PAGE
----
Choosing the 11pm crossing did mean an early breakfast as the ship docked at 08:00. However, this became a bonus as it provided the opportunity to cover a distance of 382 miles (all motorway) and stop overnight just 21 miles short of Kiel, our next port of departure. As it saved a day, it made sense to motor on through Germany and enjoy an extra day at an idyllic location.

Campingplatz Idyll at Bornhoved near Kiel is close to the A21 (Jct8) and well signed. Although a typical German site with many statics, there are many touring pitches with a 16A hook-up, a small bar/restaurant, acceptable facilities and on the edge of a large lake providing pleasant walks and bird watching.

Supermarkets are within walking distance, should you require any last minute provisions. Met with a German gentleman here who tows his caravan all over his country with a tractor at 15 mph.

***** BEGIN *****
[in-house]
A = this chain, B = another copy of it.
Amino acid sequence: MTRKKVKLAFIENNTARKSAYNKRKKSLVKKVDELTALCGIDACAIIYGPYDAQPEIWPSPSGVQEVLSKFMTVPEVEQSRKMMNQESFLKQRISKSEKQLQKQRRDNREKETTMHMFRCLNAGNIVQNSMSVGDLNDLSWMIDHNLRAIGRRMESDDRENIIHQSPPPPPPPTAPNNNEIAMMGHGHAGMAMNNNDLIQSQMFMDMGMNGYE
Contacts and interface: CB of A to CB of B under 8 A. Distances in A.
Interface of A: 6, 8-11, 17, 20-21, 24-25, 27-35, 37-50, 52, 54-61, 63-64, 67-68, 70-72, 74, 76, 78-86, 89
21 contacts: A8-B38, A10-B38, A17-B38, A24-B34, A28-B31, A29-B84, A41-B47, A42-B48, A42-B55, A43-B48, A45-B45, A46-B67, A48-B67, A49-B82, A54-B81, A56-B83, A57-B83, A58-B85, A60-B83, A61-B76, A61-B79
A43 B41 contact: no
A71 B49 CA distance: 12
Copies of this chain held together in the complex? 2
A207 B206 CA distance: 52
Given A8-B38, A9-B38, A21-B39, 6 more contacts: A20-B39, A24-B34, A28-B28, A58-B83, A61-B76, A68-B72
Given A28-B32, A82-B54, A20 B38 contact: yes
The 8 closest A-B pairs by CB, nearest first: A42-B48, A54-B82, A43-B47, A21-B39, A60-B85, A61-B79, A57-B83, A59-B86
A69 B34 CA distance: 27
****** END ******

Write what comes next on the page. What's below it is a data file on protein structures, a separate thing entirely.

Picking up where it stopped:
Ferry to Norway

To minimise the long drive north, we boarded the Color Line ferry from Kiel to Oslo. (Dep. 14:00 – Arr. 10:00). These vessels are along the lines of a cruise ship with shopping promenade, theatre show and everything one would expect on such a vessel, all to a high standard including the double-bed outside cabin.

The choice of food at the buffet dinner remained in keeping with a cruise ship and likewise my 70th birthday breakfast. As we disembarked at Oslo the sense our ‘special’ Scandinavian tour had commenced and what a way to celebrate a milestone age!

Into Sweden

Travelling through Sweden in ’96, we applied Allemansrätten (the right to roam) and ‘wild camped’ at many beautiful locations. However, times change, and with excellent security on campsites, we opted to use them for all our overnighting this time.

Departing Oslo for Sweden on 25 May we travelled up Inlandsvägen (E45 inland road or as I call it, the road up the middle) to access northern Norway in the shortest time. The scenery is primarily trees and lakes, but occasionally there’s a truly delightful view worthy of any camera lens.